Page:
There are several limitations in the present study. First, there is no ideal method available to remove projection artifacts in OCT-A, so we only analyzed superficial retinal vessel density in the peripapillary and macular regions. Second, we did not take the disease course of DON (i.e., chronic or acute DON) into account. It has been reported that the peripapillary RNFL thickness was significantly thinner in chronic DON eyes compared to acute ones. It is unknown whether the DON staging would be associated with retinal vascular densities as well. Third, as a cross-sectional study, we are unable to figure out whether the microvascular alteration was the cause of functional damage in the neural retina or vice versa. 
Our study showed the microvascular change among TAO patients and the correlations with structural parameters and visual function. On account of the results, we conclude the following: first, the m-wiVD changes early even when the visual function is not impaired; second, with the progress of the compression, the vessel density of ONH including rpc-wiVD and onh-wiVD decrease gradually; third, onh-wiVD has the sufficient ability to distinguish DON eyes from NDON eyes.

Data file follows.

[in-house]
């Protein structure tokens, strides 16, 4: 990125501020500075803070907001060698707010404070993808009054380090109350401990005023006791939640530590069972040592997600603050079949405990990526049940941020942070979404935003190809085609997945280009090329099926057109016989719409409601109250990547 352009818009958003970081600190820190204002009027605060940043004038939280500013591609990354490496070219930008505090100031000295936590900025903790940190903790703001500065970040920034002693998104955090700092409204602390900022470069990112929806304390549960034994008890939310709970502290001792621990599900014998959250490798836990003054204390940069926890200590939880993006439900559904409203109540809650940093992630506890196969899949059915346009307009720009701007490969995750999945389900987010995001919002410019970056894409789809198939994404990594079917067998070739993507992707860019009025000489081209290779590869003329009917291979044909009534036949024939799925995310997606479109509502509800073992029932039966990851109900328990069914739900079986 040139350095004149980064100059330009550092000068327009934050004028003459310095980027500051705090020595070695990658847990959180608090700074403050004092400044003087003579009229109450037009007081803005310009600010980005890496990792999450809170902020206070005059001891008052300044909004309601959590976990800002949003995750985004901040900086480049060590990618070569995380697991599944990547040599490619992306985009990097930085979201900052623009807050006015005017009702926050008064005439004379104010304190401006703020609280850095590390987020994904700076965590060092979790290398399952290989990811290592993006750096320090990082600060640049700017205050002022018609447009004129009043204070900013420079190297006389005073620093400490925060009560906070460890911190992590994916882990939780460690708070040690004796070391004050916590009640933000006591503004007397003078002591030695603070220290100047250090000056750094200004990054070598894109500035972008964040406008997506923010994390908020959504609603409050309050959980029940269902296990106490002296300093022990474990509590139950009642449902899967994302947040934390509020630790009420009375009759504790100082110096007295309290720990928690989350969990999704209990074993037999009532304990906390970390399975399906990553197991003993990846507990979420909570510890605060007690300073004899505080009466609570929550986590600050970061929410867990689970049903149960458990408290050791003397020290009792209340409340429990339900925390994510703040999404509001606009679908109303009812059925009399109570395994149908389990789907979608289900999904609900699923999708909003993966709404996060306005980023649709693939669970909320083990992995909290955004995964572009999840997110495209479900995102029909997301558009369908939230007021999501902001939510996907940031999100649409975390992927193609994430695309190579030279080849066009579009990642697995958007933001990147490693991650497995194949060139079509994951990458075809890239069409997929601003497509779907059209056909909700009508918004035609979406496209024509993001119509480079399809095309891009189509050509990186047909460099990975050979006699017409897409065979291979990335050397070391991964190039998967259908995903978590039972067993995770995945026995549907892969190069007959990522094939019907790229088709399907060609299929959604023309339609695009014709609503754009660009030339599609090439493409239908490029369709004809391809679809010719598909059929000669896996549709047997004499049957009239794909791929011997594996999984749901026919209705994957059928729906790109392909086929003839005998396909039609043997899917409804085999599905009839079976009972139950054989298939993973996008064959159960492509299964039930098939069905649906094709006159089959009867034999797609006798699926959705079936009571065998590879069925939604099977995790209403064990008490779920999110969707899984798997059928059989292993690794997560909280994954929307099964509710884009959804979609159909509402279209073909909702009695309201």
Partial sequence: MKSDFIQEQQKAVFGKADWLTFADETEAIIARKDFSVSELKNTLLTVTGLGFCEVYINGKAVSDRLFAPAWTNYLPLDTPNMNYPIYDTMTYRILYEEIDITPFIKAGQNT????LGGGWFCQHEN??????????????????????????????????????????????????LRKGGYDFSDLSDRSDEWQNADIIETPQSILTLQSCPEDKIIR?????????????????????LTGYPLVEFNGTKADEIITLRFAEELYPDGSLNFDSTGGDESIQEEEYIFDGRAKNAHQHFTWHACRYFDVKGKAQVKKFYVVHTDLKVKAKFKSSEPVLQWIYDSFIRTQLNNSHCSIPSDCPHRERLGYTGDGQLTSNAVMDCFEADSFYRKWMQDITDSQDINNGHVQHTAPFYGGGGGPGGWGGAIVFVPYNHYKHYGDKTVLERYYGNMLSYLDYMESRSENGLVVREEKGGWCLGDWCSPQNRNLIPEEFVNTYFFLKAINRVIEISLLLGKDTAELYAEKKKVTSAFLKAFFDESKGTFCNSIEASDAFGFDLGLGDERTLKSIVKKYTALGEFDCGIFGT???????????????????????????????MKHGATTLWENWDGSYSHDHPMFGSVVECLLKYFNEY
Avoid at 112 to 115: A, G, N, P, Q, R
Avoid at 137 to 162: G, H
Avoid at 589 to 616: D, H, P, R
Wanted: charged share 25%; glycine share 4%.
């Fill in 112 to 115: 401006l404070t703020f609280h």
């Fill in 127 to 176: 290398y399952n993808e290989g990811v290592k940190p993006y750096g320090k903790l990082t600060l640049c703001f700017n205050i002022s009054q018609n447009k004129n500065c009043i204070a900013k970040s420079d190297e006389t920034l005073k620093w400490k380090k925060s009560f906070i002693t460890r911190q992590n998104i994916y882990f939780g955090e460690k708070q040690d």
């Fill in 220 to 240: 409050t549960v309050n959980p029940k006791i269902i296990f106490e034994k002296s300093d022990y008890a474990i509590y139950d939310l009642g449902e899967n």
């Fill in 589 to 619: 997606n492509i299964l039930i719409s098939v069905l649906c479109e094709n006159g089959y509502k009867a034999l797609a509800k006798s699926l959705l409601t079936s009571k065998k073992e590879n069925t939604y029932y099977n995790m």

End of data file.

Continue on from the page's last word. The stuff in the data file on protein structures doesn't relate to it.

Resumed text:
Acknowledgments
Supported by the National Natural Science Foundation of China (81470664, 81670887, and 81870689). 
Disclosure: T. Zhang, None; W. Xiao, None; H. Ye, None; R. Chen, None; Y. Mao, None; H. Yang, None 
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Figure 1
 
Representative OCT-A images in different groups. Macular vessel density map in healthy eye (A), NDON (C), and DON (E) eyes. Peripapillary vessel density map in healthy eye (B), NDON (D), and DON (F) eyes.
Figure 1
 
Representative OCT-A images in different groups. Macular vessel density map in healthy eye (A), NDON (C), and DON (E) eyes. Peripapillary vessel density map in healthy eye (B), NDON (D), and DON (F) eyes.